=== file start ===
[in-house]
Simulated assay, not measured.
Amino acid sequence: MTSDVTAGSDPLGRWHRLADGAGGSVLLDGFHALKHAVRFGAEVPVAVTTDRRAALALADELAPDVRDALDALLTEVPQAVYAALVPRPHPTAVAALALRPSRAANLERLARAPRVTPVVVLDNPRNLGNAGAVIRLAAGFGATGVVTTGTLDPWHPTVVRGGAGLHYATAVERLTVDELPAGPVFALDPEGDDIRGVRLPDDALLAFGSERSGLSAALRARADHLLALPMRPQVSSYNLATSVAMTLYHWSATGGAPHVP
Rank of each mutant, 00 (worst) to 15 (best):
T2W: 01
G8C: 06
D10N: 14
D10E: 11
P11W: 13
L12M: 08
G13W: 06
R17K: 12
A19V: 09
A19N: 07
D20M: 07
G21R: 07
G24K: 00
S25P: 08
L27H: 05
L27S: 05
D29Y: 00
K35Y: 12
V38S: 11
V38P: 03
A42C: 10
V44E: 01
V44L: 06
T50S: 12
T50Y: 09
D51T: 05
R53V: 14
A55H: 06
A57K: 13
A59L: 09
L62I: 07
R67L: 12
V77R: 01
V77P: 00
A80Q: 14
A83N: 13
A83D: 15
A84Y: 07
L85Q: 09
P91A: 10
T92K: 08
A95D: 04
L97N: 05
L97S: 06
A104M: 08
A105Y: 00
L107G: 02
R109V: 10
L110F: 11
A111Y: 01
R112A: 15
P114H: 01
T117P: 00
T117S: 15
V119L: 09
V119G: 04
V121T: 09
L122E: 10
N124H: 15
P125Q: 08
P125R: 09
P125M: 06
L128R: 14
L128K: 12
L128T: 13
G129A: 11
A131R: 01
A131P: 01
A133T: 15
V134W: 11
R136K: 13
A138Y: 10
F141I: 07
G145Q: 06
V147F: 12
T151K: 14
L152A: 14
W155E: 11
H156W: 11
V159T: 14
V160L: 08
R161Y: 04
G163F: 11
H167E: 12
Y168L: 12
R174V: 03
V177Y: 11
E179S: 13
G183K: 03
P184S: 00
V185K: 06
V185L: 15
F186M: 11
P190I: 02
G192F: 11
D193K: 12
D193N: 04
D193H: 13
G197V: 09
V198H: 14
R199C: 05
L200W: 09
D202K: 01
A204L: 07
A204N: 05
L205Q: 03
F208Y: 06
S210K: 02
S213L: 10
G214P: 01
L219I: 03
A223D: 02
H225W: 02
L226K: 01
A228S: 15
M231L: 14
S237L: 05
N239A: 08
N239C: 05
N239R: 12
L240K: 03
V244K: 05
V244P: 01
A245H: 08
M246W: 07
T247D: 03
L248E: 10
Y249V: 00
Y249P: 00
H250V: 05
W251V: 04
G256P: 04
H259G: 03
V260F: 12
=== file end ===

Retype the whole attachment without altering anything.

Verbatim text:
[in-house]
Simulated assay, not measured.
Amino acid sequence: MTSDVTAGSDPLGRWHRLADGAGGSVLLDGFHALKHAVRFGAEVPVAVTTDRRAALALADELAPDVRDALDALLTEVPQAVYAALVPRPHPTAVAALALRPSRAANLERLARAPRVTPVVVLDNPRNLGNAGAVIRLAAGFGATGVVTTGTLDPWHPTVVRGGAGLHYATAVERLTVDELPAGPVFALDPEGDDIRGVRLPDDALLAFGSERSGLSAALRARADHLLALPMRPQVSSYNLATSVAMTLYHWSATGGAPHVP
Rank of each mutant, 00 (worst) to 15 (best):
T2W: 01
G8C: 06
D10N: 14
D10E: 11
P11W: 13
L12M: 08
G13W: 06
R17K: 12
A19V: 09
A19N: 07
D20M: 07
G21R: 07
G24K: 00
S25P: 08
L27H: 05
L27S: 05
D29Y: 00
K35Y: 12
V38S: 11
V38P: 03
A42C: 10
V44E: 01
V44L: 06
T50S: 12
T50Y: 09
D51T: 05
R53V: 14
A55H: 06
A57K: 13
A59L: 09
L62I: 07
R67L: 12
V77R: 01
V77P: 00
A80Q: 14
A83N: 13
A83D: 15
A84Y: 07
L85Q: 09
P91A: 10
T92K: 08
A95D: 04
L97N: 05
L97S: 06
A104M: 08
A105Y: 00
L107G: 02
R109V: 10
L110F: 11
A111Y: 01
R112A: 15
P114H: 01
T117P: 00
T117S: 15
V119L: 09
V119G: 04
V121T: 09
L122E: 10
N124H: 15
P125Q: 08
P125R: 09
P125M: 06
L128R: 14
L128K: 12
L128T: 13
G129A: 11
A131R: 01
A131P: 01
A133T: 15
V134W: 11
R136K: 13
A138Y: 10
F141I: 07
G145Q: 06
V147F: 12
T151K: 14
L152A: 14
W155E: 11
H156W: 11
V159T: 14
V160L: 08
R161Y: 04
G163F: 11
H167E: 12
Y168L: 12
R174V: 03
V177Y: 11
E179S: 13
G183K: 03
P184S: 00
V185K: 06
V185L: 15
F186M: 11
P190I: 02
G192F: 11
D193K: 12
D193N: 04
D193H: 13
G197V: 09
V198H: 14
R199C: 05
L200W: 09
D202K: 01
A204L: 07
A204N: 05
L205Q: 03
F208Y: 06
S210K: 02
S213L: 10
G214P: 01
L219I: 03
A223D: 02
H225W: 02
L226K: 01
A228S: 15
M231L: 14
S237L: 05
N239A: 08
N239C: 05
N239R: 12
L240K: 03
V244K: 05
V244P: 01
A245H: 08
M246W: 07
T247D: 03
L248E: 10
Y249V: 00
Y249P: 00
H250V: 05
W251V: 04
G256P: 04
H259G: 03
V260F: 12